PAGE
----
On Essential Oils & Pets

Esential oils are generally safe to be used on human adults, but did you know that there are many essential oils that are toxic to pets, particularly cats? Cats possess very little glucuronidation function in their bodies, meaning they cannot break down and process the compounds, specifically phenols, naturally occurring organic compounds in plants – typically incredibly potent in essential oils. Therefore, instead of the compounds being expelled via bile and urine, it will remain in the cat’s liver which in the long run will lead to organ failure.

Furthermore, cats and man’s best friend, dogs have far more enhanced sense of smell compared to humans. While it’s good for certain things, it’s disastrous when it comes to smelling essential oils. What may seem lovely and mild to humans is overpowering and harmful to them. The popular selection for pets such as hamsters, guinea pigs and birds are also likely to be affected by this.

If you are using essential oils on your pets, please make sure to use pet friendly carrier oils such as almond oil, coconut oil and grapeseed oil with a maximum of 2% dilution (50 drops of pet friendly carrier oil to 1 drop of essential oil). Now let’s take a look at what are safe and what are not safe for pets, particularly cats and dogs.

Essential oils safe for dogs:

  • Cedarwood
  • Chamomile
  • Citrus
  • Eucalyptus
  • Fennel
  • Frankincense
  • Helichrysum
  • Lavender
  • Lemongrass
  • Rose

Essential oils unsafe for dogs:

  • Warm/ Hot oils (Cassia, cinnamon, clove, oregano, thyme and etc.)
  • Some mint oils (Pennyroyal, sweet birch and wintergreen)
  • Pine
  • Tea tree

Essential oils safe for cats:

  • Chamomile
  • Frankincense
  • Helichrysum
  • Jasmine
  • Lavender
  • Rose

Essential oils unsafe for cats:

  • Bitter almond
  • Citrus oils (bergamot, grapefruit, lemon, lime orange and etc.)
  • Geranium
  • Herb oils (basil, dill, fennel, rosemary, tarragon and etc.)
  • Juniper
  • Lemongrass
  • Mint oils (eucalyptus, peppermint, pennyroyal, spearmint, wintergreen and etc.)
  • Myrhh
  • Pine
  • Sandalwood
  • Sassafras
  • Tea tree
  • Warm/ Hot oils (cinnamon, clove, nutmeg, oregano, thyme and etc.)
  • Wormwood
  • Ylang ylang

What are guidelines to follow when using essential oils at home with pets?

  • Never directly apply, feed, or leave the oils in areas where your pet may come in direct contact with.
  • Never diffuse essential oils around pets as the oils can transfer via the air onto their fur. If you own a cat, cats are self cleaning animals and may lick the oils off their fur. Pay extra attention to older pets, pets with respiratory and liver issues.
  • After you’re done with diffusing, make sure to air out the room before letting your pets in.
  • If you’re using a passive diffuser, make sure your pets aren’t there otherwise they may knock it over. Especially dogs, cats and birds.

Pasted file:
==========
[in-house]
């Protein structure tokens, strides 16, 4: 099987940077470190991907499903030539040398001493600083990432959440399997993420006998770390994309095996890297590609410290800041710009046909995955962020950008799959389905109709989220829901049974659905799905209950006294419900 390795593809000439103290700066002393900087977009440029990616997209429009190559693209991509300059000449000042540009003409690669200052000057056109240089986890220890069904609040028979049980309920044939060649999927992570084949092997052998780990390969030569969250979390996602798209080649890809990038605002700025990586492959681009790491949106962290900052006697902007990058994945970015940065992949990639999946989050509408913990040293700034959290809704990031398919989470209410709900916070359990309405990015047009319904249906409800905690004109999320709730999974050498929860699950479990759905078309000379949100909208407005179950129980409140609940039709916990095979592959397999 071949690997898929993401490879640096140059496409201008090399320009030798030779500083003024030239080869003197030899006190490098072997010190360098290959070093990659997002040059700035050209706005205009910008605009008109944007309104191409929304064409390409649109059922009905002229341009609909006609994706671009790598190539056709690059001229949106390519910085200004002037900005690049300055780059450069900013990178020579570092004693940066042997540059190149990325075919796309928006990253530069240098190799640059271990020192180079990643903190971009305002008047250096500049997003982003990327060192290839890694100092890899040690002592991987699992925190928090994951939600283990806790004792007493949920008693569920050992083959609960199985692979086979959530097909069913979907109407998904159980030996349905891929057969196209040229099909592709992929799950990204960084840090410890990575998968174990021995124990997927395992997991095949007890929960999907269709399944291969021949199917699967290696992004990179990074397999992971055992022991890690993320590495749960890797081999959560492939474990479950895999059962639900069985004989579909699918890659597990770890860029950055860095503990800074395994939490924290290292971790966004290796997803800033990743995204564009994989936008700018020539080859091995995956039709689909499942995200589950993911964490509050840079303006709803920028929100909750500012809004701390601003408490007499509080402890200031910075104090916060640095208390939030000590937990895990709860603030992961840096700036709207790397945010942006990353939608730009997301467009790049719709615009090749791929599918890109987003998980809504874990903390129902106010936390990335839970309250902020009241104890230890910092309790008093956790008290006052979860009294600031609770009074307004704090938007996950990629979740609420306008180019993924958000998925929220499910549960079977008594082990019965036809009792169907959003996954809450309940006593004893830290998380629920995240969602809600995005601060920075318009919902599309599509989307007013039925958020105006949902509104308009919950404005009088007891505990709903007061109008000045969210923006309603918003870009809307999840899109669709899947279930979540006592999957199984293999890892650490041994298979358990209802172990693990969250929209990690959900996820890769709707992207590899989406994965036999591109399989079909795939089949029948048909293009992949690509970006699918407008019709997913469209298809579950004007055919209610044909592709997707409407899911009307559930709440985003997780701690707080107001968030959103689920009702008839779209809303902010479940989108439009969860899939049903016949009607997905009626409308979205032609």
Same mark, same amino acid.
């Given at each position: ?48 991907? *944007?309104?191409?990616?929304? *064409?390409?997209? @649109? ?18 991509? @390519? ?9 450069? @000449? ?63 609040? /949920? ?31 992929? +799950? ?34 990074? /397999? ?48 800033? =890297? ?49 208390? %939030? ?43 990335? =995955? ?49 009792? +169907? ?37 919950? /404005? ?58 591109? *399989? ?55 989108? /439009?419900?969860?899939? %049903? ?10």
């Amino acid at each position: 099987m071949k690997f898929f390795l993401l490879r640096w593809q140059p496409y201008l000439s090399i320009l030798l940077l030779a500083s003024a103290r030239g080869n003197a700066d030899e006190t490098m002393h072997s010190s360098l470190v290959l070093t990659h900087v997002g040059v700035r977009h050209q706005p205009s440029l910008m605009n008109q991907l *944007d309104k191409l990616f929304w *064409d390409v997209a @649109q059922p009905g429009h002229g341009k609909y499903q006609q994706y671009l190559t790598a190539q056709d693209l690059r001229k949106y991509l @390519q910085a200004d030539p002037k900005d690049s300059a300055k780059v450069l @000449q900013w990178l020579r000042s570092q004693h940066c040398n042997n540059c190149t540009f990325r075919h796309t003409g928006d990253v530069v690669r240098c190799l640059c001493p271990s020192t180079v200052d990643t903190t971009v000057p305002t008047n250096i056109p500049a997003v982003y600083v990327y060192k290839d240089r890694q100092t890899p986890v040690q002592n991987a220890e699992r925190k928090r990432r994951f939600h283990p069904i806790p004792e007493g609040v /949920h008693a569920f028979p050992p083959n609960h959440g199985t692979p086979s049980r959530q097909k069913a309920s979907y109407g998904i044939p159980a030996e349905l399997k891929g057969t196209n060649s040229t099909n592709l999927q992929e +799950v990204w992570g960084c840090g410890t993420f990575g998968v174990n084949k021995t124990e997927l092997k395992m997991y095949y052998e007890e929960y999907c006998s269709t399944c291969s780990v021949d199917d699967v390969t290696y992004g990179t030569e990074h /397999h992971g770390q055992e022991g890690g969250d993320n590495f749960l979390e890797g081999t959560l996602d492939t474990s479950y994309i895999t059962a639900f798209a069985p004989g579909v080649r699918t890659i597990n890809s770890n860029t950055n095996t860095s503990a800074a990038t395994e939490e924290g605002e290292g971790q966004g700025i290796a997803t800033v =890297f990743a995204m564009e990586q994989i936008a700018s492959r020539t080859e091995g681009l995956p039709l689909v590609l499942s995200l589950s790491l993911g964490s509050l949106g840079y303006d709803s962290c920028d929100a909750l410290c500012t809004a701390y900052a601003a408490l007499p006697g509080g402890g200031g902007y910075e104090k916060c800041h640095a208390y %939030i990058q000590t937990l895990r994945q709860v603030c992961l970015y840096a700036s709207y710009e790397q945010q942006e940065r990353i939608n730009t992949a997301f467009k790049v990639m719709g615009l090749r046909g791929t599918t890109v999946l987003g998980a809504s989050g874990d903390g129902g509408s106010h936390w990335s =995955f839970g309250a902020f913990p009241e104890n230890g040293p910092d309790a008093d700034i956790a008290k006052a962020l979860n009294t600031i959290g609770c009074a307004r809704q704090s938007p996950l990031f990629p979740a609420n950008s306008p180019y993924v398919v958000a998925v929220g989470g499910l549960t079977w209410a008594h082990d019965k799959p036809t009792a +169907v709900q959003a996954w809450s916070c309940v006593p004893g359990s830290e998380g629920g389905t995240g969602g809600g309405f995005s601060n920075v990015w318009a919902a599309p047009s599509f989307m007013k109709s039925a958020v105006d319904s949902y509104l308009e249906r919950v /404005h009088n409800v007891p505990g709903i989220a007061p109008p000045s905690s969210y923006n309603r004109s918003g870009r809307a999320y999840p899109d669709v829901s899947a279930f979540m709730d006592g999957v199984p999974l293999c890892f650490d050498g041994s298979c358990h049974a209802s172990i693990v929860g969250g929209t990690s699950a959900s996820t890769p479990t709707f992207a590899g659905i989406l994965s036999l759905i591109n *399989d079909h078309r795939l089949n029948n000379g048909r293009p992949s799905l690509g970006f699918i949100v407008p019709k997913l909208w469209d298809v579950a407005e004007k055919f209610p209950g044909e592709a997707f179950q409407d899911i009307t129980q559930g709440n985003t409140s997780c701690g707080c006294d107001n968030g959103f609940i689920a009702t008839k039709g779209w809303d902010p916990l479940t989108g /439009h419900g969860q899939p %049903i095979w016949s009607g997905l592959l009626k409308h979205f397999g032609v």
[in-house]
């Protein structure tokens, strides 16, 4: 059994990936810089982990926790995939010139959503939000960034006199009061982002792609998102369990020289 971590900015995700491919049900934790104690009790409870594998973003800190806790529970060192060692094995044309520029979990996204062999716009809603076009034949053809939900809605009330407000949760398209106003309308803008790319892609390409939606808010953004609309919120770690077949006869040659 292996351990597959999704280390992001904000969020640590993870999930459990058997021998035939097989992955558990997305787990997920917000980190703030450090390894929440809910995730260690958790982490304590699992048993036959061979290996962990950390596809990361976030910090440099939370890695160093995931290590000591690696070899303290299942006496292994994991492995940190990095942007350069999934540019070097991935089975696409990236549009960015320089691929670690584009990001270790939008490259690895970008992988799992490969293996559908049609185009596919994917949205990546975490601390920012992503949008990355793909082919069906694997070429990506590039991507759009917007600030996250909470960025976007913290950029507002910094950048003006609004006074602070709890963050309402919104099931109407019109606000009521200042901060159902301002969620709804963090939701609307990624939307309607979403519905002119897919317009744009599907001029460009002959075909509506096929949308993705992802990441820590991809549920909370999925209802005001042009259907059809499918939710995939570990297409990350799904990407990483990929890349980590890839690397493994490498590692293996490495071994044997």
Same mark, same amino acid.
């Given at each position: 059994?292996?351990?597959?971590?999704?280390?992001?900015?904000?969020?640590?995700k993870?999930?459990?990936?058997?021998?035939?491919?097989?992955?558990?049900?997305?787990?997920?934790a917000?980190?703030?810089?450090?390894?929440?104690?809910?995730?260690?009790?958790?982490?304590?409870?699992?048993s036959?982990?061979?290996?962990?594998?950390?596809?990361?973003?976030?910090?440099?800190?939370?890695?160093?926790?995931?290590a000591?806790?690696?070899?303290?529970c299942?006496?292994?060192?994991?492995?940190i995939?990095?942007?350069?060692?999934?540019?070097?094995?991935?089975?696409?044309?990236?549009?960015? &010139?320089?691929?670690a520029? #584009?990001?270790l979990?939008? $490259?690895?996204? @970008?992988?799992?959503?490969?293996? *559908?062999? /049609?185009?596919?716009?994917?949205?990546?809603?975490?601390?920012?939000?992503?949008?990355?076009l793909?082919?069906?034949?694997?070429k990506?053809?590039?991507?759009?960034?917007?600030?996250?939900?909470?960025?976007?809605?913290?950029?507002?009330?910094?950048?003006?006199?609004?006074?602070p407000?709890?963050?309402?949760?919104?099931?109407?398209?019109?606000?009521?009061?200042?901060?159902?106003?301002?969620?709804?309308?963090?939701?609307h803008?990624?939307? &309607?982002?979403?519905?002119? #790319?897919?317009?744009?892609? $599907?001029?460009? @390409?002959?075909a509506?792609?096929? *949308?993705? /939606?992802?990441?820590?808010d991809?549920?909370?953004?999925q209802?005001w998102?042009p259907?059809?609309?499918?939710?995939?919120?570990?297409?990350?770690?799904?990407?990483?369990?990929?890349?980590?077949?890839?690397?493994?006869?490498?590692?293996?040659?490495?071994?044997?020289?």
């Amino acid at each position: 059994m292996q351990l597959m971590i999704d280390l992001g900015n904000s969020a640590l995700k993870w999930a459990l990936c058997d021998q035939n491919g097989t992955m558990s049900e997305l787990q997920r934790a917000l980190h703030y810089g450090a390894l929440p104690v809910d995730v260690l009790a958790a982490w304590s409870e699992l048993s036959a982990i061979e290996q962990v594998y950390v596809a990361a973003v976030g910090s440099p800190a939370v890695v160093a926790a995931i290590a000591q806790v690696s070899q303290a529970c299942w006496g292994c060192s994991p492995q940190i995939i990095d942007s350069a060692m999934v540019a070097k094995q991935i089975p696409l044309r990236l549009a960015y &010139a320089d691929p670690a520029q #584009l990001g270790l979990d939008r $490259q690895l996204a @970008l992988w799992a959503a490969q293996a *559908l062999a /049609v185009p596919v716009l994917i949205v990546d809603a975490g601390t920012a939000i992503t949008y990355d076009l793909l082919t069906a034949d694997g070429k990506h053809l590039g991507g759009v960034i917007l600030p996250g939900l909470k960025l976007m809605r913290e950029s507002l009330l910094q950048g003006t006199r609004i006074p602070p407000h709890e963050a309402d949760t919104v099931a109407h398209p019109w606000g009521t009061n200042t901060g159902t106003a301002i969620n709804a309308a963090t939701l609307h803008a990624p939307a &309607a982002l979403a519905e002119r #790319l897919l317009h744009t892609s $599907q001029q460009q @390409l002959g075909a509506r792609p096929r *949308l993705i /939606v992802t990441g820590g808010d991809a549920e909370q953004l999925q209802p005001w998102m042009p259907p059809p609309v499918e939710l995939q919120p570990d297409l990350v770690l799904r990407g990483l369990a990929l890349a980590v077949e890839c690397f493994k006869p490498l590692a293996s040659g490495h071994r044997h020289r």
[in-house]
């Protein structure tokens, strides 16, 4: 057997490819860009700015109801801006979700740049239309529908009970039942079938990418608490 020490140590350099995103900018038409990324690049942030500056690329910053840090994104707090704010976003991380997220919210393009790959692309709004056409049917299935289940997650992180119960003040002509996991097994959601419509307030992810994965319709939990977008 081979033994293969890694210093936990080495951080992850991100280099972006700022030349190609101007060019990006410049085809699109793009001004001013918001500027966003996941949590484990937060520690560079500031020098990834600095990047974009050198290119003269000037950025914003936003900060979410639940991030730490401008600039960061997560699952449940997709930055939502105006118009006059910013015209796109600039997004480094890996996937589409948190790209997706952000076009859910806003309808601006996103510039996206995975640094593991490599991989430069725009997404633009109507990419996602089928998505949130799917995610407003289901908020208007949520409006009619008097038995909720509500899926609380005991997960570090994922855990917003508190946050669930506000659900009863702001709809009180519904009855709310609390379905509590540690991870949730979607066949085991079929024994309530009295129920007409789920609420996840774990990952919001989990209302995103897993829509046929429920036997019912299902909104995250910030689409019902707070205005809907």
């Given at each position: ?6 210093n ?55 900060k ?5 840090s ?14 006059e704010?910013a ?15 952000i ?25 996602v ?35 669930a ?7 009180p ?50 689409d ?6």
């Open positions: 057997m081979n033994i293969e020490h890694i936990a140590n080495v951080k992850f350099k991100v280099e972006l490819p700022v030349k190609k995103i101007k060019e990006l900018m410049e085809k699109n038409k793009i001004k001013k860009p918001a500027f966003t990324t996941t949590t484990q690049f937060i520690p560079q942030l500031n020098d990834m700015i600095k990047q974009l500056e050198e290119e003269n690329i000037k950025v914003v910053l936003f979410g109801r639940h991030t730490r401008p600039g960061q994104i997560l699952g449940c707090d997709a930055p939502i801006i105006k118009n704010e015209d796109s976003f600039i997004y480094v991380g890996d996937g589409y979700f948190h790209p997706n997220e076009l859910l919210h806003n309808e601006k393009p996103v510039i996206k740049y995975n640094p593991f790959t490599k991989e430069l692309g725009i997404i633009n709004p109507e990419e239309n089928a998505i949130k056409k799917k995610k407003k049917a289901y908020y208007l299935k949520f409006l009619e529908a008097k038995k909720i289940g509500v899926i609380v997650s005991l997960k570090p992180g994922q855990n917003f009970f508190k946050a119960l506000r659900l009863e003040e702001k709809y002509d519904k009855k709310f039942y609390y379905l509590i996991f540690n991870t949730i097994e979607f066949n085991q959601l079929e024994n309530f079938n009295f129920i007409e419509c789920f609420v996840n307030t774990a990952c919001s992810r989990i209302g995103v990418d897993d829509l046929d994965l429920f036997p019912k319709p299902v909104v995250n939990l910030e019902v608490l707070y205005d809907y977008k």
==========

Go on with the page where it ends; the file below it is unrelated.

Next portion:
• Although some lovely smelling oils help to deter insects and pests, take note there is a high chance for your pet to have an incredibly negative reaction to it.
  • Never force an essential on your pet, even the pet friendly ones, if they don’t seem to like it.
  • Avoid combining different types of essential oils; it may end up increasing the potency and becoming overwhelming for your pet.
  • After applying essential oils on yourself be it perfume or massage oil, make sure to wash your hands before touching your pets, also prevents them from getting essential oil poisoning if they were to lick you.
  • Omit all essential oils if your pet has respiratory issues or allergies.

What are the common symptoms that indicate my pet has been exposed negatively to essential oils?

  • Difficulty breathing – Sneezing, coughing, wheezing, cats panting like dogs
  • Irritated, watery, and difficulty keeping the eyes open
  • Runny nose
  • Burning sensation on the face that leads them to paw their face
  • Redness of the lips, gum or skin
  • Vomiting, drooling or diarrhoea
  • Sluggish
  • Difficulty standing, wobbling or trembling
  • Behaviour changes
  • Low heart rate
  • Low blood pressure
  • Low body temperature

What action to take with pets exposed to essential oils?

  • If via airborne, take them out for fresh air immediately.
  • If there’s oil on the fur, wash their fur immediately with pet friendly dishwashing liquid.
  • If via ingestion, take them to the vet clinic or emergency animal hospital immediately. Do NOT induce vomiting on your pets.

It is understandable if the warnings, guidelines and worst case scenarios may scare you off from ever using aromatherapy with your pets. Essential oils do have powerful medicinal qualities and do have benefits when practiced with a lot of precaution around your pets, such as calming down anxious pets, deterring fleas and pests, anti-fungal properties and so on. Despite their medicinal properties, they are not a permanent solution to treat fleas and other issues. The bottom line is to carry out your research, practice with a lot of care and last but not least, always consult your vet.